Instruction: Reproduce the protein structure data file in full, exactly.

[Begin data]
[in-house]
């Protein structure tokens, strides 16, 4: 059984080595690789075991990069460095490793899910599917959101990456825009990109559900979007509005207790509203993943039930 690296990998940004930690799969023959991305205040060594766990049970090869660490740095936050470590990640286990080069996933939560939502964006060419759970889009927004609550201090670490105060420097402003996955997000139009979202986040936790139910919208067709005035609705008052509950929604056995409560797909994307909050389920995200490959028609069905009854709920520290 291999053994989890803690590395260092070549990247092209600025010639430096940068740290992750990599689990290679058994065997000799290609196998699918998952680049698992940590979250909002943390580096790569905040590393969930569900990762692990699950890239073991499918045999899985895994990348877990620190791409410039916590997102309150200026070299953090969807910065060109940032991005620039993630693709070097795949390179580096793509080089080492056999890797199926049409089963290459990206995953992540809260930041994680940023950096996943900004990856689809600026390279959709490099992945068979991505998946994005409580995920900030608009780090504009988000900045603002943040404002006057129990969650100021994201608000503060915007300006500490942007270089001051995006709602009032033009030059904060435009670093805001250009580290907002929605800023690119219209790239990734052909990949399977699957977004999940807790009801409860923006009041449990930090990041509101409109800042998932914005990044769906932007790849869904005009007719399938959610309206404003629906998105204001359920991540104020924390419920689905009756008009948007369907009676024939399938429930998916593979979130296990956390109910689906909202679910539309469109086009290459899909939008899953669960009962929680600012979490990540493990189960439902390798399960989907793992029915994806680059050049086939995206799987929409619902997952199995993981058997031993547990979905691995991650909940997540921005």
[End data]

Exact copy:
[in-house]
């Protein structure tokens, strides 16, 4: 059984080595690789075991990069460095490793899910599917959101990456825009990109559900979007509005207790509203993943039930 690296990998940004930690799969023959991305205040060594766990049970090869660490740095936050470590990640286990080069996933939560939502964006060419759970889009927004609550201090670490105060420097402003996955997000139009979202986040936790139910919208067709005035609705008052509950929604056995409560797909994307909050389920995200490959028609069905009854709920520290 291999053994989890803690590395260092070549990247092209600025010639430096940068740290992750990599689990290679058994065997000799290609196998699918998952680049698992940590979250909002943390580096790569905040590393969930569900990762692990699950890239073991499918045999899985895994990348877990620190791409410039916590997102309150200026070299953090969807910065060109940032991005620039993630693709070097795949390179580096793509080089080492056999890797199926049409089963290459990206995953992540809260930041994680940023950096996943900004990856689809600026390279959709490099992945068979991505998946994005409580995920900030608009780090504009988000900045603002943040404002006057129990969650100021994201608000503060915007300006500490942007270089001051995006709602009032033009030059904060435009670093805001250009580290907002929605800023690119219209790239990734052909990949399977699957977004999940807790009801409860923006009041449990930090990041509101409109800042998932914005990044769906932007790849869904005009007719399938959610309206404003629906998105204001359920991540104020924390419920689905009756008009948007369907009676024939399938429930998916593979979130296990956390109910689906909202679910539309469109086009290459899909939008899953669960009962929680600012979490990540493990189960439902390798399960989907793992029915994806680059050049086939995206799987929409619902997952199995993981058997031993547990979905691995991650909940997540921005």